For thousands of years during the Bronze and Iron Ages, carved and painted ostrich eggs were traded around the Mediterranean, objects so highly prized by the elite of the region that they were buried with them. Up until now the decorative eggs have been classified by scholars according to style and motif, but a new study enlists state-of-the-art technology to determine where the eggs came from, the trade routes they took and the techniques used in their manufacture.
Eggs have been symbols of rebirth and renewal marking the transition from winter to spring in many religious and cultural traditions ancient and modern. Egg-shaped stones with a flattened base were used by Phoenicians as cippi (altar pedestals) or placed on top of pillar-style cippi, and ovoid sacred stones known as betyls have a very ancient lineage going back to the Bronze Age cultic traditions of prehistoric Egypt and Mesopotamia. Ostrich eggs have been found in funerary contexts dating as far back as the 2nd millennium B.C. in Cyprus and Syria and extending to Greece, Italy and Spain where there are no native ostriches.
For this study, researchers examined five whole ostrich eggs from the Etruscan Isis Tomb at Vulci (625-550 B.C.), now in the collection of the British Museum. This tomb belonged to people of very high rank, likely a wealthy family, who were buried with rich grave goods including the bronze bust of a goddess originally believed to represent Isis (now thought to be a local deity), gold jewelry, bronze vessels, Greek pottery and Egyptian scarabs. The combination of high-end local and imported objects is typical of the Etruscan Orientalizing Period (720-575 B.C.), characterized by intense contact between the Etruscans, Phoenicians, Egyptians and Greeks.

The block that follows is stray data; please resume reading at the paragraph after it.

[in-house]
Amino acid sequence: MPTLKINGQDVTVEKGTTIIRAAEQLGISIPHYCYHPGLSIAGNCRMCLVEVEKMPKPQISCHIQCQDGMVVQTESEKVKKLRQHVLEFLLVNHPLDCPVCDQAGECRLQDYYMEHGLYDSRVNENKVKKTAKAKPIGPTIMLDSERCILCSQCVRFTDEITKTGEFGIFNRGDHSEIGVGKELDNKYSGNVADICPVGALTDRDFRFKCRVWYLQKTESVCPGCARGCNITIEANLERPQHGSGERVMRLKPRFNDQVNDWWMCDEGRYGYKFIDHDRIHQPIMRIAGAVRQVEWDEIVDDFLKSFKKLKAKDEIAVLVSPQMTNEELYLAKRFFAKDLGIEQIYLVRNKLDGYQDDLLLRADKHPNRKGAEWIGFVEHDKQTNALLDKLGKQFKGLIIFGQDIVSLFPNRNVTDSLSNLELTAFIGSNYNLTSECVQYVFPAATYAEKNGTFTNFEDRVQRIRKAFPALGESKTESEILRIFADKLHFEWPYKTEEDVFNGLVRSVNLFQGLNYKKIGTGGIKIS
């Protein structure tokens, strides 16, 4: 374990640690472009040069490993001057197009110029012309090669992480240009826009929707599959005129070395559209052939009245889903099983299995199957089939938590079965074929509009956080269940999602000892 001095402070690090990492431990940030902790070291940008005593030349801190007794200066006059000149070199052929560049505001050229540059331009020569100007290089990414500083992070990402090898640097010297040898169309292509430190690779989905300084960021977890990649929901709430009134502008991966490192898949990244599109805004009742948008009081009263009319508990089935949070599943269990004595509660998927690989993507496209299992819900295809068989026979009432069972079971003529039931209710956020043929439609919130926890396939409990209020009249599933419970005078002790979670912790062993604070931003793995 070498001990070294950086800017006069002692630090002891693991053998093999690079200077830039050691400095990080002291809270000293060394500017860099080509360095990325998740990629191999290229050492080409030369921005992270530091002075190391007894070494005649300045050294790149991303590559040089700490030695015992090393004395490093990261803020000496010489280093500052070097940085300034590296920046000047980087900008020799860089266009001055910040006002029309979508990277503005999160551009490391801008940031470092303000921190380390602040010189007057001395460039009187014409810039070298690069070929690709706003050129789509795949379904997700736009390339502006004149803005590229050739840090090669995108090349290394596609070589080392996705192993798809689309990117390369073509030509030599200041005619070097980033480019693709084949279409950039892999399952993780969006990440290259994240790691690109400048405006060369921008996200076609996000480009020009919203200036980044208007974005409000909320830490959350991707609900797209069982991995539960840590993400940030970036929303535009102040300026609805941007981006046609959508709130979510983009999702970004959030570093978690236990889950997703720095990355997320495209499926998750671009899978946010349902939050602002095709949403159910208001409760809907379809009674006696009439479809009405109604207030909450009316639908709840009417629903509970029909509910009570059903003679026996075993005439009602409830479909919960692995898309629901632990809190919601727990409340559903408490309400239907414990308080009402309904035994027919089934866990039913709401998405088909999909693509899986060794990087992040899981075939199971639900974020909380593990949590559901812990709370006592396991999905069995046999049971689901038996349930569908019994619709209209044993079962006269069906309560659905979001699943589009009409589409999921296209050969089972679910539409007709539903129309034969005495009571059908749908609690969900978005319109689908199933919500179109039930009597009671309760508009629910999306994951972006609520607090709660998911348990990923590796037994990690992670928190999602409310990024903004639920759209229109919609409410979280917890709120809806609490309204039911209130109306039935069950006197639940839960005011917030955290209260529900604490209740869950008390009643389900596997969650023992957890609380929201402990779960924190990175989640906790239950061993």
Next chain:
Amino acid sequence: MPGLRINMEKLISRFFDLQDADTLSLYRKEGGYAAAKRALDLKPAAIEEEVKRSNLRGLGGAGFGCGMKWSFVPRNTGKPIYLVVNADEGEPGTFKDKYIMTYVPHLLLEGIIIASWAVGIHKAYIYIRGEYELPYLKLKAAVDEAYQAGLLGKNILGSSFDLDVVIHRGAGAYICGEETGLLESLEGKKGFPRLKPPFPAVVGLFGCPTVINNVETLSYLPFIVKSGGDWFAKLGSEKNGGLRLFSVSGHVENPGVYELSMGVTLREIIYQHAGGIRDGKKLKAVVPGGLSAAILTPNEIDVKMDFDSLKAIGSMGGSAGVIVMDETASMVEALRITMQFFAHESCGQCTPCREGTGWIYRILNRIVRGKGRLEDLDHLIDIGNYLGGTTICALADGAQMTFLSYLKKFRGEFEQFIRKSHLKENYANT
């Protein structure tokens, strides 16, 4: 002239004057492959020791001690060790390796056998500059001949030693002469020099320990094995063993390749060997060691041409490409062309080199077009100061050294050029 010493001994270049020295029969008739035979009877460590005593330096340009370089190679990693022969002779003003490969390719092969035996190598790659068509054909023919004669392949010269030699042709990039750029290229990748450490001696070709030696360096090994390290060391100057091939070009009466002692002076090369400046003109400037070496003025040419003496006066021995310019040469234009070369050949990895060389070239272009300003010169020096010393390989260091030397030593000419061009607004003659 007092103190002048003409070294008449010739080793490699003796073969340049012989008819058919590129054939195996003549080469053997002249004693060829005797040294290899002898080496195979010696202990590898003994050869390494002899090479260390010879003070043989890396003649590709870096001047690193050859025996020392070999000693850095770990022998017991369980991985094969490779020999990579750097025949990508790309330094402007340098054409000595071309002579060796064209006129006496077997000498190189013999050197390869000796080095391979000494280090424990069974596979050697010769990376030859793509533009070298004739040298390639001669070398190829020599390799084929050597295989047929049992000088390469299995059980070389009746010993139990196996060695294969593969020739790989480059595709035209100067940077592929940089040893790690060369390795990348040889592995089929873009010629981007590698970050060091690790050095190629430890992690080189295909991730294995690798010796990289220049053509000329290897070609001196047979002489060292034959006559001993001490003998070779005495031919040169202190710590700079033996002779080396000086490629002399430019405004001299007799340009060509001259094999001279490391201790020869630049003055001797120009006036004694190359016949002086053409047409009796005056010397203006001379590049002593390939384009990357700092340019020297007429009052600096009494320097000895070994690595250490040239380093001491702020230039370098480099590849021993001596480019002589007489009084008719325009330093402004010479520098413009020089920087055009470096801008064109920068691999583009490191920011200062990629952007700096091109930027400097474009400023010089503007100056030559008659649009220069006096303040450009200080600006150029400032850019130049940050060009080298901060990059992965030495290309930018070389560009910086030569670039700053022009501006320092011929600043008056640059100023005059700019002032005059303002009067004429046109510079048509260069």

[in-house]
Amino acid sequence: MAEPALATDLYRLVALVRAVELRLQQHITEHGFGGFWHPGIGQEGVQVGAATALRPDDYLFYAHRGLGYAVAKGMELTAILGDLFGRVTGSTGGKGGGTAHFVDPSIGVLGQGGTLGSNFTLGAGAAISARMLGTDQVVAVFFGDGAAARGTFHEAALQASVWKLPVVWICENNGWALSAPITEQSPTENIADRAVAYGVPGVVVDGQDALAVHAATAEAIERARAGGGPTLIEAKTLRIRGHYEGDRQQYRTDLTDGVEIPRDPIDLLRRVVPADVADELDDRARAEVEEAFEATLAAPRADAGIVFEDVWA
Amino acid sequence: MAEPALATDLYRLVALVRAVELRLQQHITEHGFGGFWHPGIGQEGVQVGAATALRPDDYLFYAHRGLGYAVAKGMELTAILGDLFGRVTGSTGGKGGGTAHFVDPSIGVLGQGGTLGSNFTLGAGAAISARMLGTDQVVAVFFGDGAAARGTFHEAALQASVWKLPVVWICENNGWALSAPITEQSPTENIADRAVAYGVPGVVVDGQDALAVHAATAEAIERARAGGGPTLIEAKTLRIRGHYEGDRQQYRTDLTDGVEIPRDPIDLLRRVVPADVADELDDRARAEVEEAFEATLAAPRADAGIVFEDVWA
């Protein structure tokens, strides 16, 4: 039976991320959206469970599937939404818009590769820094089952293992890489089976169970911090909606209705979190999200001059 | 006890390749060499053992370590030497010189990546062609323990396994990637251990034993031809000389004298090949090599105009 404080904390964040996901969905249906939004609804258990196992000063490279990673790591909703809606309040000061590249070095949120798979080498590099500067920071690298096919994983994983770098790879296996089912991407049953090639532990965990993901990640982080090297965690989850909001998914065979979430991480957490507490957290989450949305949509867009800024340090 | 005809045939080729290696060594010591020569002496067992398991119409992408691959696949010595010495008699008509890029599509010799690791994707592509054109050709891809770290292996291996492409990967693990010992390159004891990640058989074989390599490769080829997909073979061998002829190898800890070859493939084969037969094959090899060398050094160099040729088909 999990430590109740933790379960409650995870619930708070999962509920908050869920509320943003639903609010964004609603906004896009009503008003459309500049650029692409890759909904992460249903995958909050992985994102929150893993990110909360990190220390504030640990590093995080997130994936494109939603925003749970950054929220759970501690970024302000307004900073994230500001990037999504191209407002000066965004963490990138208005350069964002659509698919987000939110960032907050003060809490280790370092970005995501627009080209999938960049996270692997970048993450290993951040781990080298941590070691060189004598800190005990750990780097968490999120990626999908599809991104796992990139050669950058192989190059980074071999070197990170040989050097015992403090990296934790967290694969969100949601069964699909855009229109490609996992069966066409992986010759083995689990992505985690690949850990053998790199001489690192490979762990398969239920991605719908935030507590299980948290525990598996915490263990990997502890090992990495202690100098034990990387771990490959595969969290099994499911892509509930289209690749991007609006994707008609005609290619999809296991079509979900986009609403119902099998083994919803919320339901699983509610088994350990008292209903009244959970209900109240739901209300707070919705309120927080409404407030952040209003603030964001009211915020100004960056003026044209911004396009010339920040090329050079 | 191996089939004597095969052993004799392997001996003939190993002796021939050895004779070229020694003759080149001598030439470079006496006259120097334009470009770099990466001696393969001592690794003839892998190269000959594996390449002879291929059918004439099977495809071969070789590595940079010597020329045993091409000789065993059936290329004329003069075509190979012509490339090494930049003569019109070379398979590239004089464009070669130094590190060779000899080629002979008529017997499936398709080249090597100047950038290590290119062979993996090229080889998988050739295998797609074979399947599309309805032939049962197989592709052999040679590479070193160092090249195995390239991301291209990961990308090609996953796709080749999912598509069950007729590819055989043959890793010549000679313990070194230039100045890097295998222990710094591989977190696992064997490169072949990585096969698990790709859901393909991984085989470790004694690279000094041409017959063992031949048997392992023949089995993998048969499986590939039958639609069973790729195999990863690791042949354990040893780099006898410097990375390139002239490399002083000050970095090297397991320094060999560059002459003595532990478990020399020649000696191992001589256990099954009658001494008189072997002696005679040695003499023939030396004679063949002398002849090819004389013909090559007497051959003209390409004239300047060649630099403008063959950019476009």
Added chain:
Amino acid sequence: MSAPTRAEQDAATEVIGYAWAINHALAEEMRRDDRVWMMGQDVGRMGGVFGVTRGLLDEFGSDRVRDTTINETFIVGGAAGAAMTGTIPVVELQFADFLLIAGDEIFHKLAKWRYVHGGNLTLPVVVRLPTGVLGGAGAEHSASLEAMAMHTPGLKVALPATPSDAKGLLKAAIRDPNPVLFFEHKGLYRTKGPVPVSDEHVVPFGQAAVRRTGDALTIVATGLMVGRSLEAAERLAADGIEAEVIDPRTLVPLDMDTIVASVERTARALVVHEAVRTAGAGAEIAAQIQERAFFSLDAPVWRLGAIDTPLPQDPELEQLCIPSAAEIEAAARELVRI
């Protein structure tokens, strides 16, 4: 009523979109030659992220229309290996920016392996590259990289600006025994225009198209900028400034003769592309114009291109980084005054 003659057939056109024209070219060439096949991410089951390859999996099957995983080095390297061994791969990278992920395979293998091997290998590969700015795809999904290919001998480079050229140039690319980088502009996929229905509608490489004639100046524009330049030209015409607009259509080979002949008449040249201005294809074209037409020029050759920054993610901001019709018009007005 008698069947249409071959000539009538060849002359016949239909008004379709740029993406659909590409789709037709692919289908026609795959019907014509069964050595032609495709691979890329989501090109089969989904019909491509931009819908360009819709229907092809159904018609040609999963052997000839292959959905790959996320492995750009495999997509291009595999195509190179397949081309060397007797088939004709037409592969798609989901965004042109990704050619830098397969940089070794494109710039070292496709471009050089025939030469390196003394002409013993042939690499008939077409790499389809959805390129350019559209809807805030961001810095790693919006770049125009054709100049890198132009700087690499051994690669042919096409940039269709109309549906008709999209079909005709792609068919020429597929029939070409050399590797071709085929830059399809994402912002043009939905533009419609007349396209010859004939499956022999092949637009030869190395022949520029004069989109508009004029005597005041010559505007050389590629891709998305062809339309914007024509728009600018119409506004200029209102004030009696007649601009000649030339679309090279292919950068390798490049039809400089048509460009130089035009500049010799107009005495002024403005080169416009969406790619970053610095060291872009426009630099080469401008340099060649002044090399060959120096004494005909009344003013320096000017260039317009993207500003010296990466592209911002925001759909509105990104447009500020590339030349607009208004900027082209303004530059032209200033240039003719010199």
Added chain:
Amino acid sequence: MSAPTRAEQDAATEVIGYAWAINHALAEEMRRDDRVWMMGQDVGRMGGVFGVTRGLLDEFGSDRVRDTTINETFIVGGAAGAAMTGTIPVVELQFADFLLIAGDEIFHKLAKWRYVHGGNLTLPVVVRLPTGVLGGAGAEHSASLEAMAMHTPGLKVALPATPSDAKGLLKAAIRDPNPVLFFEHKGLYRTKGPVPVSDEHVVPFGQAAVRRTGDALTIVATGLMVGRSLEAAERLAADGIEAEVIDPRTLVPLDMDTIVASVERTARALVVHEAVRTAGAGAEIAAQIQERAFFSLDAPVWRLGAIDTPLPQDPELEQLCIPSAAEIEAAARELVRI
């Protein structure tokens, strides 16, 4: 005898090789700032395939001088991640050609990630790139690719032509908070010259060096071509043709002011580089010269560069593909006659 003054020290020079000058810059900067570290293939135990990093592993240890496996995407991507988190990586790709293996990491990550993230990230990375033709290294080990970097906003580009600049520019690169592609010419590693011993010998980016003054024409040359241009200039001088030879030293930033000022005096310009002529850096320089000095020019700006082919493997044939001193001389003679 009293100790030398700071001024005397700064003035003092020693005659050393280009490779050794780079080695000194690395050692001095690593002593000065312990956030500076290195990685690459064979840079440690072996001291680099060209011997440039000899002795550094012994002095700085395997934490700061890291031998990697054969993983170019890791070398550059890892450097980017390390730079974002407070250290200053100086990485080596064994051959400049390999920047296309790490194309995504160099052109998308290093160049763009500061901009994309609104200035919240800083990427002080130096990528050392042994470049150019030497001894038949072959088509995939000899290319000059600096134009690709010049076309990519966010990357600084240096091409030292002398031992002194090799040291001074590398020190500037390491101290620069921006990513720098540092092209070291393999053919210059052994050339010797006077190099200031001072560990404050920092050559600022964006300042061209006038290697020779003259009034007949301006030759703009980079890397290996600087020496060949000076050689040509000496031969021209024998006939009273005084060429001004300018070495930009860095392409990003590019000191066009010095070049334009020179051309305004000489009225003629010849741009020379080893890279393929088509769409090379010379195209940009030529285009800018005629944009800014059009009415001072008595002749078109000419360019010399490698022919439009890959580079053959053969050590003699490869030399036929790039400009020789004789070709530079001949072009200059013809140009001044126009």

Four of the five eggs were decorated with both carving and paint. One was painted without carvings. The decorative motifs include sphinxes, wild animals, plants, geometric designs, warriors and chariots. Holes were drilled in the thick shells to drain the contents, then the empty eggs decorated. They were originally mounted with metal fixtures — spouts, stands — to convert the eggs into vessels.
In the study, published in the journal Antiquity, the researchers describe for the first time the surprisingly complex system behind ostrich egg production. This includes evidence about where the ostrich eggs were sourced, if the ostriches were captive or wild, and how the manufacture methods can be related to techniques and materials used by artisans in specific areas.
“The entire system of decorated ostrich egg production was much more complicated than we had imagined! We also found evidence to suggest the ancient world was much more interconnected than previously thought,” said Dr Hodos, Reader in Mediterranean Archaeology in Bristol’s School of Arts.
“Mediterranean ostriches were indigenous to the eastern Mediterranean and North Africa. Using a variety of isotopic indicators, we were able to distinguish eggs laid in different climatic zones (cooler, wetter and hotter, drier). What was most surprising to us was that eggs from both zones were found at sites in the other zone, suggestive of more extensive trade routes.”
Ostriches are known to have been hunted and killed as well as captured. Assyrian texts document the practice and point to the birds having been kept for breeding, perhaps to stock exotic gardens, or as sources of feathers, leather and giant eggs.
Dr Hodos and colleagues believe eggs were taken from wild birds’ nests despite evidence of ostriches being kept in captivity during this period. This was no ordinary egg-hunt – ostriches can be extremely dangerous so there was a tremendous risk involved in taking eggs from wild birds.
“We also found eggs require time to dry before the shell can be carved and therefore require safe storage. This has economic implications, since storage necessitates a long-term investment and this, combined with the risk involved, would add to an egg’s luxury value,” said Dr Hodos.